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Metal clay pressure setting

Create this stunning necklace using metal clay and wire

I have a collection of unique large gemstones. Every time I purchased another gemstone, I asked myself what I planned to do with it. From this collection I had two stones that were always displayed on my work bench. Every day I pondered them, considering their design possibilities. I knew if I kept my ideas percolating long enough, I would create just the right setting for the stones. 


Pendant 1 1⁄2 x 1 1⁄4 in. (3.8 x 3.2 cm)

Chain 19 in. (48 cm)

  • 15 x 25 mm gemstone
  • clasp
  • 8 1⁄2 in. (21.6 cm) 14-gauge 
  • fine-silver wire, dead-soft
  • 30–32 8 mm inside- diameter rings, 14-gauge fine silver
  • 25 g metal clay
  • acrylic roller
  • airtight lidded container
  • bench block (optional)
  • Blazer Micro Torch (2 torches optional)
  • bowl filled with water for quenching
  • brass hammer, 4 oz.
  • cardstock
  • chainnose pliers
  • circle cutters, 13 mm and 
  • 11 mm diameter
  • 2 craft sticks
  • double horn anvil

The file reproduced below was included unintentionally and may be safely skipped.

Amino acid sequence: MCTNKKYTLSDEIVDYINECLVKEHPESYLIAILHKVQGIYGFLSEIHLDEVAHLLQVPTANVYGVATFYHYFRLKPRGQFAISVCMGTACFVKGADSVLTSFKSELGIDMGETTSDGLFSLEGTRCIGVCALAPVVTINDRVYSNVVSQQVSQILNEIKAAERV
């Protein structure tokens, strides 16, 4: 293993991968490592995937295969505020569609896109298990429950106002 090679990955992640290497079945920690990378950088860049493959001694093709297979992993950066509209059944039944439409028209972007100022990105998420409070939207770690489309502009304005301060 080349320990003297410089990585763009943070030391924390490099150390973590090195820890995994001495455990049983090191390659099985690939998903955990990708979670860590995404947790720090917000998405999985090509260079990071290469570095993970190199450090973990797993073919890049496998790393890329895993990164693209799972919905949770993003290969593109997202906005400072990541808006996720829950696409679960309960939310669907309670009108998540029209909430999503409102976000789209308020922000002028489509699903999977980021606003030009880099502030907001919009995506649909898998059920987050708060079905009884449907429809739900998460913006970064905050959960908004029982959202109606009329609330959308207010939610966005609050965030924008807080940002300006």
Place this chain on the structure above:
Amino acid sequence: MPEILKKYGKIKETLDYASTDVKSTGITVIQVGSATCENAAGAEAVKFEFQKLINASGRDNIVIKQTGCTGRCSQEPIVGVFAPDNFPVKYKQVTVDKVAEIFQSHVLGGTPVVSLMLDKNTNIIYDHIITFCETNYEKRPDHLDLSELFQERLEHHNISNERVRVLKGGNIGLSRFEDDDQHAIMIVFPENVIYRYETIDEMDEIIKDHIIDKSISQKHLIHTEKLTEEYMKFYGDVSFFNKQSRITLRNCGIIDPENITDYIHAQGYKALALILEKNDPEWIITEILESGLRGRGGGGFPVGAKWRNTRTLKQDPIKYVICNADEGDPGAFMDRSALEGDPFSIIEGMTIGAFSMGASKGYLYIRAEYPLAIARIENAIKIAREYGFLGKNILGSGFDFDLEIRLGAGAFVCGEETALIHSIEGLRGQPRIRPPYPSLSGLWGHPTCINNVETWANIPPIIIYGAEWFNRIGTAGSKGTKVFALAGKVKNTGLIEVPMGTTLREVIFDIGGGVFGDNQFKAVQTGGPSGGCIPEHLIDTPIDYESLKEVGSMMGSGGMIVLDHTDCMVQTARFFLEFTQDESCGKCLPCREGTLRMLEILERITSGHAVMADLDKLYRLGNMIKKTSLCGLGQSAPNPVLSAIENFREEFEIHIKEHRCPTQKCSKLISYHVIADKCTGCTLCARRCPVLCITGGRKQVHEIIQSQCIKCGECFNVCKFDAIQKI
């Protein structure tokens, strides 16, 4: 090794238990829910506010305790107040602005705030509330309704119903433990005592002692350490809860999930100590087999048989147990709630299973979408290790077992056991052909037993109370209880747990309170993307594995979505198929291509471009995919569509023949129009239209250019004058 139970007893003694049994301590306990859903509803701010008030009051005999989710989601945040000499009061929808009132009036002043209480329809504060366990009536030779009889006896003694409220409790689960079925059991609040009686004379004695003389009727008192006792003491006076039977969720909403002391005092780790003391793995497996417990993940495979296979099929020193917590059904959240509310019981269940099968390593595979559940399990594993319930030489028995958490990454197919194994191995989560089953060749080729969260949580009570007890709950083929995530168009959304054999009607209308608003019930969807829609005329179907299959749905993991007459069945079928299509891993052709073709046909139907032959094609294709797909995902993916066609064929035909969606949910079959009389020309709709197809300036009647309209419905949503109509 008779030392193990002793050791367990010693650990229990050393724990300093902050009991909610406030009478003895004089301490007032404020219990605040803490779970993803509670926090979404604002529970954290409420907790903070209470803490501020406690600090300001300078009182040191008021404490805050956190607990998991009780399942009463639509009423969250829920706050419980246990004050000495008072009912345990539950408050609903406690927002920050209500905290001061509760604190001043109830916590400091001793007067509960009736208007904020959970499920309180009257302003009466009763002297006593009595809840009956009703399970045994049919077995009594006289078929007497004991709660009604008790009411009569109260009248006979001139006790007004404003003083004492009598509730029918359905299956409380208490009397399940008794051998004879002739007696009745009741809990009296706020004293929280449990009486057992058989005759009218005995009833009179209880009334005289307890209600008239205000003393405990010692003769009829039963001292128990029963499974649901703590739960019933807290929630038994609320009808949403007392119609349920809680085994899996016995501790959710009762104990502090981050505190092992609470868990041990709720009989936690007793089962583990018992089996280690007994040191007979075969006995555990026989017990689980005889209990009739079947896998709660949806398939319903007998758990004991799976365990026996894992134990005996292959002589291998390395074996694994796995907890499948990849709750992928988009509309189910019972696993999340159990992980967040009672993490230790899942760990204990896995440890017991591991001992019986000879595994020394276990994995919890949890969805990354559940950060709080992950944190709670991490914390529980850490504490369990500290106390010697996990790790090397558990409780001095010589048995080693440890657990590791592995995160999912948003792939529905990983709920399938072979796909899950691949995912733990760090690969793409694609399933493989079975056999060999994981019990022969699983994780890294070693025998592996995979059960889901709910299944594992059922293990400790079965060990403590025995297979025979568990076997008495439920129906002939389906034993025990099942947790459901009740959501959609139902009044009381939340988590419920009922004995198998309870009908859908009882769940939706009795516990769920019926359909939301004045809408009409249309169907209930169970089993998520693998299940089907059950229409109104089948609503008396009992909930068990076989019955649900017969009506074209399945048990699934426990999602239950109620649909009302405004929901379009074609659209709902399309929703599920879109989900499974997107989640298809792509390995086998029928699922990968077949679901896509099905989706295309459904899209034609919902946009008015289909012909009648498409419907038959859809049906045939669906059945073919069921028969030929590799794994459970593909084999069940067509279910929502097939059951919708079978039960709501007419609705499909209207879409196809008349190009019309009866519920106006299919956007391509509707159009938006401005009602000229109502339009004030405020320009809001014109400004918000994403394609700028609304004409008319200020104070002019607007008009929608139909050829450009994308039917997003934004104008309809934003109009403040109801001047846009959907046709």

• emery boards, various grits
  • fiber grip cross-locking tweezers
  • fine-point permanent marker
  • flexible cutting sheet
  • hand drill with 1⁄8–in. (3 mm) 
  • drill bit
  • kiln
  • kiln block
  • liver of sulfur (optional)
  • metal files, various cuts
  • nonstick work surface
  • olive oil in spray dispenser
  • #2 pencil
  • round bezel mandrel
  • rubber block
  • Solderite pad
  • standard roundnose and 
  • large roundnose pliers
  • steel beading awl
  • steel ruler
  • 2 texture sheets
  • tissue blade
  • wire cutters
  • X-acto knife


Metal clay pressure setting a
Photo a

Pendant frame

1. Select a stone that has deep side angles so that the stone will be visible within the metal clay frame.